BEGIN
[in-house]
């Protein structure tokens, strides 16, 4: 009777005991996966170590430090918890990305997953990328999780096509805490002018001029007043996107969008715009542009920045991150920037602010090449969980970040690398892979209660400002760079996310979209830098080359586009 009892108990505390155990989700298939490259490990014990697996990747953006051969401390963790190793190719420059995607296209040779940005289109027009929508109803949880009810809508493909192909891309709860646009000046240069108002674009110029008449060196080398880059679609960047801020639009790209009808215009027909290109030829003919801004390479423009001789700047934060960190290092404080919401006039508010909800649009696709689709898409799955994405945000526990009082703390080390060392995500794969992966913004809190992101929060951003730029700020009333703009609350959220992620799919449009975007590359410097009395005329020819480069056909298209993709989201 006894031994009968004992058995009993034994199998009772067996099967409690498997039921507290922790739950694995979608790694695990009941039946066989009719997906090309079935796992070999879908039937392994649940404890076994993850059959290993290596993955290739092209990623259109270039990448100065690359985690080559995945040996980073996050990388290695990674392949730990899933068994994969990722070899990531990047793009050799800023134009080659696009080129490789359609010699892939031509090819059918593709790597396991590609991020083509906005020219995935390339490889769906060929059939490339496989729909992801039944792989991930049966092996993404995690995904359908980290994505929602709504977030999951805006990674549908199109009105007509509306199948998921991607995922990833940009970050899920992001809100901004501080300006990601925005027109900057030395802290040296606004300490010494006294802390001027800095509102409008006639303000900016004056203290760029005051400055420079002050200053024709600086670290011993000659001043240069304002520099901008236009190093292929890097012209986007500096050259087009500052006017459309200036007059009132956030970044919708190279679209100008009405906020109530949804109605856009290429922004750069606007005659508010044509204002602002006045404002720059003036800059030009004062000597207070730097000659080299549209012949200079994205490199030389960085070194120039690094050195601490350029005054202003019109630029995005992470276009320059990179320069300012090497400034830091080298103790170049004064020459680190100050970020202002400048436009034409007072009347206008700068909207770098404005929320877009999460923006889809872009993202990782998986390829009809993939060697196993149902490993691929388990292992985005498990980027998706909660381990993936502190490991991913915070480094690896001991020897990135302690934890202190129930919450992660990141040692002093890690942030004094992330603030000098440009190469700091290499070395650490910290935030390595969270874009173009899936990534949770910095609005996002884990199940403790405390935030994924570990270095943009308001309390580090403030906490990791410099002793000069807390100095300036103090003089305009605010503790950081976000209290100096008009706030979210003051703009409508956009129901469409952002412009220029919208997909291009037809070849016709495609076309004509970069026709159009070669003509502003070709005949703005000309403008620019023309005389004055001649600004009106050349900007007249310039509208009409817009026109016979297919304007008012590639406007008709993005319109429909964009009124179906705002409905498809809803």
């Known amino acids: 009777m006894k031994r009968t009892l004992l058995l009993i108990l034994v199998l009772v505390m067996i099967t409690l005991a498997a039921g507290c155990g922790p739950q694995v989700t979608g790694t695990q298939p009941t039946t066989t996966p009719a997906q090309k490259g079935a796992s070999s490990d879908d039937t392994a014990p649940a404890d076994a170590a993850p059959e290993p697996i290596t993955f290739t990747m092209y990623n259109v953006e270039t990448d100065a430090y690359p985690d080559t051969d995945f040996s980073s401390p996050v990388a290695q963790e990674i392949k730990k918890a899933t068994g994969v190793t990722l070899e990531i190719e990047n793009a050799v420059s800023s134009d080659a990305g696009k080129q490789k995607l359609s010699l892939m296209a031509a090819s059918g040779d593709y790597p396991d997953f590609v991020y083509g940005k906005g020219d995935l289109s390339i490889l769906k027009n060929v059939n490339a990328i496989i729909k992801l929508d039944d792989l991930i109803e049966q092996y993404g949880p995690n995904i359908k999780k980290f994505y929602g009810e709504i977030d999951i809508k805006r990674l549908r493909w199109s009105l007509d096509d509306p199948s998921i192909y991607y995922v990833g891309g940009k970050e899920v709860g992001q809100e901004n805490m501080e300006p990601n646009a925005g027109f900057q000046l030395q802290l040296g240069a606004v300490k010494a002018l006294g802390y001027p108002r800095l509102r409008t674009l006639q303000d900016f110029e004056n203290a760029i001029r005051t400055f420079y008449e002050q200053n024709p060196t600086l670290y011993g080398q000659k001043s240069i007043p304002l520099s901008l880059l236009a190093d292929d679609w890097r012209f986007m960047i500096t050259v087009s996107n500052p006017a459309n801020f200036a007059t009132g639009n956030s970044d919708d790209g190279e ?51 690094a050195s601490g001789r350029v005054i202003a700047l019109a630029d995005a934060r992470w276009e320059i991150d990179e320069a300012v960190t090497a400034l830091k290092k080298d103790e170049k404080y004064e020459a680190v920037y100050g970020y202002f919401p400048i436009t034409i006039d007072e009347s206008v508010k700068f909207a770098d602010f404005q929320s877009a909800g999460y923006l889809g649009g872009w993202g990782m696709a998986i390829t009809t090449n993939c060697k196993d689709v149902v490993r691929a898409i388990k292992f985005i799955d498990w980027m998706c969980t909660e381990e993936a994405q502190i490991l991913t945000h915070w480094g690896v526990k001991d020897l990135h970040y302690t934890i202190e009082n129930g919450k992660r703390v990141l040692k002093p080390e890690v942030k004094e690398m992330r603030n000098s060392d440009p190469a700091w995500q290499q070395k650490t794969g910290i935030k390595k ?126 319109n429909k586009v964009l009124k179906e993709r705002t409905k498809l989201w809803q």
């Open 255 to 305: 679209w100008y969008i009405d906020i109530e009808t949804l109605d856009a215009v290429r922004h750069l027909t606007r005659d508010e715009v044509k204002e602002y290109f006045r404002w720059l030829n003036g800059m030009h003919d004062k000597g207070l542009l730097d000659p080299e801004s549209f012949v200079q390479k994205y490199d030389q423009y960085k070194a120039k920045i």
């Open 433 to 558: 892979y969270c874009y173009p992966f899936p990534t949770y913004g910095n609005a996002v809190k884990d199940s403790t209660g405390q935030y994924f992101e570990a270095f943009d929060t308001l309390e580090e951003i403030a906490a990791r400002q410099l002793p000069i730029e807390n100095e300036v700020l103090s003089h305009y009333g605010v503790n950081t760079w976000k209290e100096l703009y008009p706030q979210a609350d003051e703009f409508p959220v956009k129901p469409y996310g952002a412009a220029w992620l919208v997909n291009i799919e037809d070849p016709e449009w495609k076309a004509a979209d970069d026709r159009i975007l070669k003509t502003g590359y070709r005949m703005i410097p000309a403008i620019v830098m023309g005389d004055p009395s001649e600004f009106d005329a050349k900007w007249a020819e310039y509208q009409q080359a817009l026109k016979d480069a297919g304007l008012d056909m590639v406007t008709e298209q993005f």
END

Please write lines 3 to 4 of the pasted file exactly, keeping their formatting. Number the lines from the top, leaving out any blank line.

């Known amino acids: 009777m006894k031994r009968t009892l004992l058995l009993i108990l034994v199998l009772v505390m067996i099967t409690l005991a498997a039921g507290c155990g922790p739950q694995v989700t979608g790694t695990q298939p009941t039946t066989t996966p009719a997906q090309k490259g079935a796992s070999s490990d879908d039937t392994a014990p649940a404890d076994a170590a993850p059959e290993p697996i290596t993955f290739t990747m092209y990623n259109v953006e270039t990448d100065a430090y690359p985690d080559t051969d995945f040996s980073s401390p996050v990388a290695q963790e990674i392949k730990k918890a899933t068994g994969v190793t990722l070899e990531i190719e990047n793009a050799v420059s800023s134009d080659a990305g696009k080129q490789k995607l359609s010699l892939m296209a031509a090819s059918g040779d593709y790597p396991d997953f590609v991020y083509g940005k906005g020219d995935l289109s390339i490889l769906k027009n060929v059939n490339a990328i496989i729909k992801l929508d039944d792989l991930i109803e049966q092996y993404g949880p995690n995904i359908k999780k980290f994505y929602g009810e709504i977030d999951i809508k805006r990674l549908r493909w199109s009105l007509d096509d509306p199948s998921i192909y991607y995922v990833g891309g940009k970050e899920v709860g992001q809100e901004n805490m501080e300006p990601n646009a925005g027109f900057q000046l030395q802290l040296g240069a606004v300490k010494a002018l006294g802390y001027p108002r800095l509102r409008t674009l006639q303000d900016f110029e004056n203290a760029i001029r005051t400055f420079y008449e002050q200053n024709p060196t600086l670290y011993g080398q000659k001043s240069i007043p304002l520099s901008l880059l236009a190093d292929d679609w890097r012209f986007m960047i500096t050259v087009s996107n500052p006017a459309n801020f200036a007059t009132g639009n956030s970044d919708d790209g190279e ?51 690094a050195s601490g001789r350029v005054i202003a700047l019109a630029d995005a934060r992470w276009e320059i991150d990179e320069a300012v960190t090497a400034l830091k290092k080298d103790e170049k404080y004064e020459a680190v920037y100050g970020y202002f919401p400048i436009t034409i006039d007072e009347s206008v508010k700068f909207a770098d602010f404005q929320s877009a909800g999460y923006l889809g649009g872009w993202g990782m696709a998986i390829t009809t090449n993939c060697k196993d689709v149902v490993r691929a898409i388990k292992f985005i799955d498990w980027m998706c969980t909660e381990e993936a994405q502190i490991l991913t945000h915070w480094g690896v526990k001991d020897l990135h970040y302690t934890i202190e009082n129930g919450k992660r703390v990141l040692k002093p080390e890690v942030k004094e690398m992330r603030n000098s060392d440009p190469a700091w995500q290499q070395k650490t794969g910290i935030k390595k ?126 319109n429909k586009v964009l009124k179906e993709r705002t409905k498809l989201w809803q």
């Open 255 to 305: 679209w100008y969008i009405d906020i109530e009808t949804l109605d856009a215009v290429r922004h750069l027909t606007r005659d508010e715009v044509k204002e602002y290109f006045r404002w720059l030829n003036g800059m030009h003919d004062k000597g207070l542009l730097d000659p080299e801004s549209f012949v200079q390479k994205y490199d030389q423009y960085k070194a120039k920045i």